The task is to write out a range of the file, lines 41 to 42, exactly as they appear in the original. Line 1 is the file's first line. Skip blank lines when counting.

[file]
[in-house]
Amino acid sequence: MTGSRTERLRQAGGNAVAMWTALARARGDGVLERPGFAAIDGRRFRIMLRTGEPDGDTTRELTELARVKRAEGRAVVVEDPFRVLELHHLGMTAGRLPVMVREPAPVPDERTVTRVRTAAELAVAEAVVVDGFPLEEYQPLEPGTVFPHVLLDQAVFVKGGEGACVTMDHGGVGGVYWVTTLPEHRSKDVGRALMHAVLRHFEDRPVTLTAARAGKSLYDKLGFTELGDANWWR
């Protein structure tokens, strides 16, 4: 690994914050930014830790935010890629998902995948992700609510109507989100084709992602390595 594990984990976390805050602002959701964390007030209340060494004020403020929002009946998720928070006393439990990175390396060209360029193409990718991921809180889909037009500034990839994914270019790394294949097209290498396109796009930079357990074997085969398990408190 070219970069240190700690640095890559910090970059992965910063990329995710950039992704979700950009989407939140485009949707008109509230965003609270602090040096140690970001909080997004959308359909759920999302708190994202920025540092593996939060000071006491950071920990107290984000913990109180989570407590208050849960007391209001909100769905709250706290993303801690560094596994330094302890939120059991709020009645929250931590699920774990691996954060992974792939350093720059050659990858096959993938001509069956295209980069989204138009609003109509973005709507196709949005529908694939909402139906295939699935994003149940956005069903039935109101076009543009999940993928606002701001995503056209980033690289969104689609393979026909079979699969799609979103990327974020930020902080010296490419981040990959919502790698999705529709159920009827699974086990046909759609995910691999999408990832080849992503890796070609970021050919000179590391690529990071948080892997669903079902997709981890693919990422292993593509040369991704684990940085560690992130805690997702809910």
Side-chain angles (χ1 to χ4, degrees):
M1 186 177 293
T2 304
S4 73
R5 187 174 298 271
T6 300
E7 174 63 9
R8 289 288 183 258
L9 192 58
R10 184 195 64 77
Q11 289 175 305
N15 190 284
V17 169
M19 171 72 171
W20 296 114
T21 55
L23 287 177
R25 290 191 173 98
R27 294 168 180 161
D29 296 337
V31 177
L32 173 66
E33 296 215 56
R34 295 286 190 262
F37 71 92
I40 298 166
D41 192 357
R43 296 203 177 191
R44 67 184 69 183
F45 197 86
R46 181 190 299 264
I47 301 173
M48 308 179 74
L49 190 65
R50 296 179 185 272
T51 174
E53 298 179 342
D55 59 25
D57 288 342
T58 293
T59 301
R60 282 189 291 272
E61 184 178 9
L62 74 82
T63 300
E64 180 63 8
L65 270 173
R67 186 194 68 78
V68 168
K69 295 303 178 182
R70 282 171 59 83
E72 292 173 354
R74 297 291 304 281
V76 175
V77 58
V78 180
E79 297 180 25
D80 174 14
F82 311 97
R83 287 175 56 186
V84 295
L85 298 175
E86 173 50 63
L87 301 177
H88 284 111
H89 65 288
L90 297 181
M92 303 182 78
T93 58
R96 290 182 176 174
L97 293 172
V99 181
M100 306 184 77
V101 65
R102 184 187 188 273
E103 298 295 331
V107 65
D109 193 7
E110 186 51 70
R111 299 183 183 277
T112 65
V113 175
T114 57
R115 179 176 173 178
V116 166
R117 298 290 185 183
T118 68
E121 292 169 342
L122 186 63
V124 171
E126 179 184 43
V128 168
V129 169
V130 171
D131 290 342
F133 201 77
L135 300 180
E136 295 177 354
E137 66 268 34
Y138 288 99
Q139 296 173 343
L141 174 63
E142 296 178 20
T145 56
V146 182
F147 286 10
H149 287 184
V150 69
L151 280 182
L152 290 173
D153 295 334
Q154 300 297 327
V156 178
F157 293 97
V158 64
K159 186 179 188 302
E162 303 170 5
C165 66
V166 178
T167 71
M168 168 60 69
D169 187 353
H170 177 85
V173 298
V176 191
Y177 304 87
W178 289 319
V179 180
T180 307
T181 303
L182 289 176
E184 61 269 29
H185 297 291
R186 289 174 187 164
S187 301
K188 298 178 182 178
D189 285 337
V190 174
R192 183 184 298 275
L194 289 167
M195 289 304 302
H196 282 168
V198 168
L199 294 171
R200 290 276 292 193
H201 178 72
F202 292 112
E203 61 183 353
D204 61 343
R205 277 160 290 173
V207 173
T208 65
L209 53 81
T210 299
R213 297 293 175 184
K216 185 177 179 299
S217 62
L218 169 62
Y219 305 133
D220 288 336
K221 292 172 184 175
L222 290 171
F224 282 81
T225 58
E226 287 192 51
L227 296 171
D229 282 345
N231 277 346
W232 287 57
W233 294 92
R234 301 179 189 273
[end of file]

D55 59 25
D57 288 342